„As you know, there was a coup in Venezuela in the year 2002, supported by the United States. The government was overthrown. It was taken over by Pedro Carmona, a rich businessman, who immediately dissolved parliament, destroyed the supreme court, got rid of the attorney general’s office, the public defender. Every vestige of democracy was instantly demolished.

US strongly supported it. The Venezuelan private press, the press, strongly supported it. One of the people who supported the coup was the opposition candidate in the last election. Just another — other supporters of the coup were a group called Sumate, the group that the US provides aid to for what’s called “democracy building.” So the coup was supported by a substantial part of the elite in the society that was backed by the United States, destroyed the democratic system.

It was quickly overthrown by a popular uprising. US had to back off. But what’s striking is that the newspapers continue to publish, still continue to attack the government. Rosales, who supported the coup, ran in the election. Sumate, which supported the coup, is functioning, the main recipient of US democracy promotion funds.“

„2002 was the last effort of the United States to overthrow a government. In earlier years, it was routine. And in fact, the governments that the US is now supporting — say, Lula — probably would have been overthrown 40 years ago. There’s not that much difference between Lula and Goulart, the Brazilian president who was overthrown by the Kennedy-instigated coup. There is a notable decline in the efficacy of violence for control.

And the same is true of economic controls. The main economic controls in recent years have been the IMF, which is virtually a branch of the US Treasury Department. But the countries are freeing themselves of its controls. Argentina basically told the — Argentina was the poster boy of the IMF. It was a great success story, except that it led to a total complete crash, a terrible crash. Argentina did recover, but by violating IMF rules, refusing to pay its debts, buying up what remained of the debt and “ridding ourselves of the IMF,” as the president put it. They were able to do that, partly with the help of Venezuela, which bought up about a third of the debt, another form of cooperation. Brazil, in its own way, moved in the same direction, freeing itself from the IMF.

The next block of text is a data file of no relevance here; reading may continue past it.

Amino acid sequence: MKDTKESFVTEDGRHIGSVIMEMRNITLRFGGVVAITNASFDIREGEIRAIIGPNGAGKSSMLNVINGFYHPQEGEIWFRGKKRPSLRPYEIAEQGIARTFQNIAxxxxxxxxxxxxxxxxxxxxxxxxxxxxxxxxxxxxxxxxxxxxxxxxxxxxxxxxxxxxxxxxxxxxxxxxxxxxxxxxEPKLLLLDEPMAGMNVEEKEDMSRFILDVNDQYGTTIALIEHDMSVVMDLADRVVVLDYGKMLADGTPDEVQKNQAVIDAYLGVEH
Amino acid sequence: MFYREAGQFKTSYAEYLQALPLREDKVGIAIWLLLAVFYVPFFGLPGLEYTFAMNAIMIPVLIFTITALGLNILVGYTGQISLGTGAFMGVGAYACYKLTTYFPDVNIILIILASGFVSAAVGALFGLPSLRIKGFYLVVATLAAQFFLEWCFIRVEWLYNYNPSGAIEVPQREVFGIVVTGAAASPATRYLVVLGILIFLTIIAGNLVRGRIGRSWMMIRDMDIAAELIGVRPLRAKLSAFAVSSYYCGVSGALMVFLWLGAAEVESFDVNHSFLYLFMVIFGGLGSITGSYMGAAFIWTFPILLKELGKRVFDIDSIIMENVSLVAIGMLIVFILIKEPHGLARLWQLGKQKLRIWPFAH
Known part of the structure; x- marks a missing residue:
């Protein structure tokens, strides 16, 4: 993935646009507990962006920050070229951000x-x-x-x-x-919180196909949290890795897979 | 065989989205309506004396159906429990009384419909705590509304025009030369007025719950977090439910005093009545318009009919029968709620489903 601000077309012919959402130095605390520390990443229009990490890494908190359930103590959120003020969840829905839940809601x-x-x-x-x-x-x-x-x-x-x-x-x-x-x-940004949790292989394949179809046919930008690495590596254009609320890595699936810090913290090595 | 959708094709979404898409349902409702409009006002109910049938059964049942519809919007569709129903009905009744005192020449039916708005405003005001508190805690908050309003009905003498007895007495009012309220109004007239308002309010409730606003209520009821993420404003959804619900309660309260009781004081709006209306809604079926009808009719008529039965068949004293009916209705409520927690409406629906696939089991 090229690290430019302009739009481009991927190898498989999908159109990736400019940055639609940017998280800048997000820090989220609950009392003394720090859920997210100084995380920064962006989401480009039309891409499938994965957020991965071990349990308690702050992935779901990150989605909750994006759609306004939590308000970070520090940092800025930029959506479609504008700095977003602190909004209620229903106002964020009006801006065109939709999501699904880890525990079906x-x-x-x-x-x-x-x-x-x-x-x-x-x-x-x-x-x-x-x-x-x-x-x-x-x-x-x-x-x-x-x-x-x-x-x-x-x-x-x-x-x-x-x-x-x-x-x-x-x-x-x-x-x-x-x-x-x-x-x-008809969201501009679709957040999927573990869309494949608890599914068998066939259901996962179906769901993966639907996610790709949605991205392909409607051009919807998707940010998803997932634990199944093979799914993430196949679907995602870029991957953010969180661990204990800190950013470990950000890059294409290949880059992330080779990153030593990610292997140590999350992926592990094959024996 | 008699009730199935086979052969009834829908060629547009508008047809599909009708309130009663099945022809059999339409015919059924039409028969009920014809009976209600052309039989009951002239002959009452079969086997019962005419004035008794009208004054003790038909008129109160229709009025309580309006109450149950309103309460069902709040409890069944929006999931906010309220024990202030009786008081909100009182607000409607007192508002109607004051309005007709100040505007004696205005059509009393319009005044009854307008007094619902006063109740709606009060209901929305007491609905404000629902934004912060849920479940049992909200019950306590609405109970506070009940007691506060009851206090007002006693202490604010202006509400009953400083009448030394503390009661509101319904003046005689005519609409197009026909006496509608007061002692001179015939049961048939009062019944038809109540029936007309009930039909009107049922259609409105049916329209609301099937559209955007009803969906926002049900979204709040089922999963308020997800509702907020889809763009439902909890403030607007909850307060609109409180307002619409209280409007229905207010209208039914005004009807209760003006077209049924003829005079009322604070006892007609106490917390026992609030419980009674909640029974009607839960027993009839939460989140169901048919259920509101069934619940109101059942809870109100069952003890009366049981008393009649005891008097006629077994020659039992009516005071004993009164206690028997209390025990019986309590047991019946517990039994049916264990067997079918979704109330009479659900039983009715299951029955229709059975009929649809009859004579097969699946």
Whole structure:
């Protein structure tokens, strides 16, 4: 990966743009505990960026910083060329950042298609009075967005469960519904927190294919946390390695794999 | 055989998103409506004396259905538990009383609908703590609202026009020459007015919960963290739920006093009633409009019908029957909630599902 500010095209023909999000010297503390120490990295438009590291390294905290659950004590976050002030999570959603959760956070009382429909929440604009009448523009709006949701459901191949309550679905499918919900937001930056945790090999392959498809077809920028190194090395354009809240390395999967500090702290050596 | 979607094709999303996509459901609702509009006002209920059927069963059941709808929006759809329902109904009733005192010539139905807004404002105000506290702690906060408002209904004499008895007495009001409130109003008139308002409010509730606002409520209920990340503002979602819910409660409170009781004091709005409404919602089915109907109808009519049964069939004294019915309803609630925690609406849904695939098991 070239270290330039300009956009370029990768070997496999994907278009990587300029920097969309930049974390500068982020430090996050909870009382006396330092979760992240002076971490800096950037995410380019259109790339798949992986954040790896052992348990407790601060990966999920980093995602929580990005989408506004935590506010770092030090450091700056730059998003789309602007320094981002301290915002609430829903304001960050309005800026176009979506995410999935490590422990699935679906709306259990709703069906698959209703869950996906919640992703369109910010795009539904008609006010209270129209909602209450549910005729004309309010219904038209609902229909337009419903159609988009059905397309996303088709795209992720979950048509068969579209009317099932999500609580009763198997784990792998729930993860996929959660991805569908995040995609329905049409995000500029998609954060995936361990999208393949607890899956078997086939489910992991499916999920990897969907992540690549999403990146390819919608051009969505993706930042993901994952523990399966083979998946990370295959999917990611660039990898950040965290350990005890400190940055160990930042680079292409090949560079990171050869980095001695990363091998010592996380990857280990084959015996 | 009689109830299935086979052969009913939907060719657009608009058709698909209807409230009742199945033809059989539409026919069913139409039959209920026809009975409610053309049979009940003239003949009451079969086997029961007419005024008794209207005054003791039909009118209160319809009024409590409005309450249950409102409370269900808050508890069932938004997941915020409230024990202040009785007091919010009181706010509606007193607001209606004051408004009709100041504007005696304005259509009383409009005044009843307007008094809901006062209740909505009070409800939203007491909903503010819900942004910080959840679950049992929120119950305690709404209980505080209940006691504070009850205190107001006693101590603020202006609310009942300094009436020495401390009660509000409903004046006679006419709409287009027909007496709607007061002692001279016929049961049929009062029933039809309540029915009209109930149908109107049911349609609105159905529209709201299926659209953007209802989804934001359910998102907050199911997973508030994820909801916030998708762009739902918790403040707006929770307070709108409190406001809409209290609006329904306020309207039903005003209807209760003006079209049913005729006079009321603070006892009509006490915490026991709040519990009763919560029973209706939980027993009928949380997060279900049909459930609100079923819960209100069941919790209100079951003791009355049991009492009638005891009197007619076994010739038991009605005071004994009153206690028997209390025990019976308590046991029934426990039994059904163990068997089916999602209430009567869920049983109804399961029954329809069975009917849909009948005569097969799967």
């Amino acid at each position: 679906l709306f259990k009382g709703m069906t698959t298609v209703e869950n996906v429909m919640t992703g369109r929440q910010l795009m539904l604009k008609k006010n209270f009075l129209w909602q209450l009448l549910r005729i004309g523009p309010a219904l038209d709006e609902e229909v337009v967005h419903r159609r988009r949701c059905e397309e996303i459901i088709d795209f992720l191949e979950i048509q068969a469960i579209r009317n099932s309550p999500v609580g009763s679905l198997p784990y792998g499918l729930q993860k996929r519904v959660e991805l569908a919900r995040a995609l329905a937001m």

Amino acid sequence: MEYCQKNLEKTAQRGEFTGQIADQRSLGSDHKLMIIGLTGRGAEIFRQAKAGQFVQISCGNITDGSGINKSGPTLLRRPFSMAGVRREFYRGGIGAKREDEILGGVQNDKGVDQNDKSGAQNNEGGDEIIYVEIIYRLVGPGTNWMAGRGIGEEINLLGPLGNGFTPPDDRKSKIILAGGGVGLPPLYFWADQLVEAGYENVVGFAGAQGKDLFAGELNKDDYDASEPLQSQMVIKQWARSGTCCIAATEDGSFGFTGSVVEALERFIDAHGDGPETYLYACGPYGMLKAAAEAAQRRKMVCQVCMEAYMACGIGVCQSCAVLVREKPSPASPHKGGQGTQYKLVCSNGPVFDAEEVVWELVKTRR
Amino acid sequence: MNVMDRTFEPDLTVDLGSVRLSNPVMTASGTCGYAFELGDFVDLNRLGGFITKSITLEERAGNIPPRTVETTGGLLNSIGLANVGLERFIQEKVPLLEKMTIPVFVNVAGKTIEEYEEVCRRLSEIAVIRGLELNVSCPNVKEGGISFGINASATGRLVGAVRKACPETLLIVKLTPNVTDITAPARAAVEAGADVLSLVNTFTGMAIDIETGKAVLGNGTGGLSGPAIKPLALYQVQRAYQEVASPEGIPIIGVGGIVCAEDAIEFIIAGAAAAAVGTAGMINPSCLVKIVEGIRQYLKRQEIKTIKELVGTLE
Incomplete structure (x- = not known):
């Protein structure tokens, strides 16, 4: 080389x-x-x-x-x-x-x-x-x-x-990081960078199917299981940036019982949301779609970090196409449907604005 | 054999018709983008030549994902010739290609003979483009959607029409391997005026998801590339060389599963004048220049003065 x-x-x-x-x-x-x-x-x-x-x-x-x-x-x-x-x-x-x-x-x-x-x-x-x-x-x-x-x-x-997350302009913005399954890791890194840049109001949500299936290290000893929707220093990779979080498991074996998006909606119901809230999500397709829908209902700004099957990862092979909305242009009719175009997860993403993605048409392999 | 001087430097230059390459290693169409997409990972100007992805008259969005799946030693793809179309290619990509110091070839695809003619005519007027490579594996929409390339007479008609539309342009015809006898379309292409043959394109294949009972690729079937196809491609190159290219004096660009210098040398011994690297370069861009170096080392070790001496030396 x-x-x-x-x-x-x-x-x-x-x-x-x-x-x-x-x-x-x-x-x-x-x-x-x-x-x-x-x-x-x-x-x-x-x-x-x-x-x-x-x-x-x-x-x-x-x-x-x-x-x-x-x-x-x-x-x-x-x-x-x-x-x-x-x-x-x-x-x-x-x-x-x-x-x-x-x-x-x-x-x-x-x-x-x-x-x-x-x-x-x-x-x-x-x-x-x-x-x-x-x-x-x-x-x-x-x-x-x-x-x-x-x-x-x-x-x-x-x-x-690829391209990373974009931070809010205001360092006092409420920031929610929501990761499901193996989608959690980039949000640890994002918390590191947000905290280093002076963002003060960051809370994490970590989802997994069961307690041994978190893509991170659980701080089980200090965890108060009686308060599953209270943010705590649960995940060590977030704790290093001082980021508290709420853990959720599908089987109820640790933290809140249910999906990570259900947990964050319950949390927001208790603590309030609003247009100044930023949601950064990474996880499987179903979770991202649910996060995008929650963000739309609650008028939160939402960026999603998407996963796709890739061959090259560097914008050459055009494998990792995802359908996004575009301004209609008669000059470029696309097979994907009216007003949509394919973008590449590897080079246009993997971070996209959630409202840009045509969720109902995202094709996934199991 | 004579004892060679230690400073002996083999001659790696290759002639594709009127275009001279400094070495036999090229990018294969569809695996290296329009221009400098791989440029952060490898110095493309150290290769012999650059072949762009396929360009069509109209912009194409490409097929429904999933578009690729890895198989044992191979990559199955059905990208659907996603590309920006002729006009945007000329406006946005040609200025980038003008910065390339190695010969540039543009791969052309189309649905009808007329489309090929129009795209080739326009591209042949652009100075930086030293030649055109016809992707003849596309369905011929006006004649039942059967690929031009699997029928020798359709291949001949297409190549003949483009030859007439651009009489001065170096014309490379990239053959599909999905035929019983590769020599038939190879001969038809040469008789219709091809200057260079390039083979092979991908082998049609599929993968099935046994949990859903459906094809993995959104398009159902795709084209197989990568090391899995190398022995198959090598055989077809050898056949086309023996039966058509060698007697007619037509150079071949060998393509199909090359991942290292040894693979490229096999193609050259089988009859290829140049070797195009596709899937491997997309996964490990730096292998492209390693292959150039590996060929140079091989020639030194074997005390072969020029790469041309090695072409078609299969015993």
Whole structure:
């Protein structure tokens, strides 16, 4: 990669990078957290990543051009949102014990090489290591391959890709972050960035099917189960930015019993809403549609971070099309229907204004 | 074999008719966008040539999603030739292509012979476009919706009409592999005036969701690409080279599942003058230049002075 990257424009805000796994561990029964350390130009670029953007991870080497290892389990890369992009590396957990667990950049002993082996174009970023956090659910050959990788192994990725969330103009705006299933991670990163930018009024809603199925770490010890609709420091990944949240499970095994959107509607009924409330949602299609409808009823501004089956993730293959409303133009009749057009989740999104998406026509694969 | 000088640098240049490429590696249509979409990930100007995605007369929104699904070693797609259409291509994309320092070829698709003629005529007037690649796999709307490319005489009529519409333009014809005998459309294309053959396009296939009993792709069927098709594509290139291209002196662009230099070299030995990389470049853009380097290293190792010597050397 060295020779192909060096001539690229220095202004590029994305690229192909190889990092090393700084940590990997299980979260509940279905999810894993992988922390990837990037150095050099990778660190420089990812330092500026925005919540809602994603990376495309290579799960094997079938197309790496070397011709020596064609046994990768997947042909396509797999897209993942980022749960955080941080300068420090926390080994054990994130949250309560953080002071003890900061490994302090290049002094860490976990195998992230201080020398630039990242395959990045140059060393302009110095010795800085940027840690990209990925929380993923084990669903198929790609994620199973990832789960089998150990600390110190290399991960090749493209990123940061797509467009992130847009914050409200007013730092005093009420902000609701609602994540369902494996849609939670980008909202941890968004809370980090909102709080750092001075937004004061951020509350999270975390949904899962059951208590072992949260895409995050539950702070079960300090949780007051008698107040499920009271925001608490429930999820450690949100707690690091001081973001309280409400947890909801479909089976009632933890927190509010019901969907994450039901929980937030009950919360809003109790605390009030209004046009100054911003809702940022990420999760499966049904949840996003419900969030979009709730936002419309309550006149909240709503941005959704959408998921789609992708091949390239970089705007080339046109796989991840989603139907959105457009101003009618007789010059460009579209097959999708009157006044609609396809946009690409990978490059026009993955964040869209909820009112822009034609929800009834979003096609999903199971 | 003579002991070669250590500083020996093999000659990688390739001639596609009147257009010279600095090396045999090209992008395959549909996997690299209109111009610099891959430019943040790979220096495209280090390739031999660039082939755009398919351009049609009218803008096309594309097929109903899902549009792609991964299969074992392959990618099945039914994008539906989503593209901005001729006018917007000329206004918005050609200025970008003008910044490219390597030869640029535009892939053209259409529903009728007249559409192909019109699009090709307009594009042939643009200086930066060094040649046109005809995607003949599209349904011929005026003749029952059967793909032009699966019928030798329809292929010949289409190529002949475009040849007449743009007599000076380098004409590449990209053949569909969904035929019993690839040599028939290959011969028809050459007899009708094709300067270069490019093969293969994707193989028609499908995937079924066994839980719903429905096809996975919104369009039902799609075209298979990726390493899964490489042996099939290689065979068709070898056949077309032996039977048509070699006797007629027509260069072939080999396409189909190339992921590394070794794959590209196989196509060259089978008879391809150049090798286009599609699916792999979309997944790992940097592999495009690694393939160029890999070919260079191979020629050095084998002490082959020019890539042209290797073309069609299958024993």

Bolivia is now doing it. Bolivia had been, again, a rigorous obedient student of the IMF for about 25 years. It ended up with per capita income lower than when it started. Well, now they’re getting rid of the IMF, too, again with Venezuelan support. And as this proceeds through the — in fact, the IMF itself is in serious trouble. If you look at the business pages, you’ll notice that its viability is in question, because it’s not getting the kinds of funds it used to get from the role it played in what one — the US executive director of the IMF once called it the credit community’s enforcer. It’s like the Mafia. They’re the goons who were sent in to get the payments, the default, and so on. But they’re not getting it anymore, and their own funds are running low. They may not survive.“

Insgesamt ist die Rede sehr lesenswert. Denkwürdig ist auch ein Absatz über die amerikanische Demokratie:

„But they had a section on Barack Obama, the great new hope. And it was very exuberant: what a fantastic personality he is and a great candidate, thousands of people coming out. And it went on for about 15 minutes of excited rhetoric. There’s only one thing missing. They didn’t say a word about what his policies were on anything. It’s kind of not — doesn’t matter, you know. He’s a unifier. He looks at you when he talks to you. He’s a really decent guy.“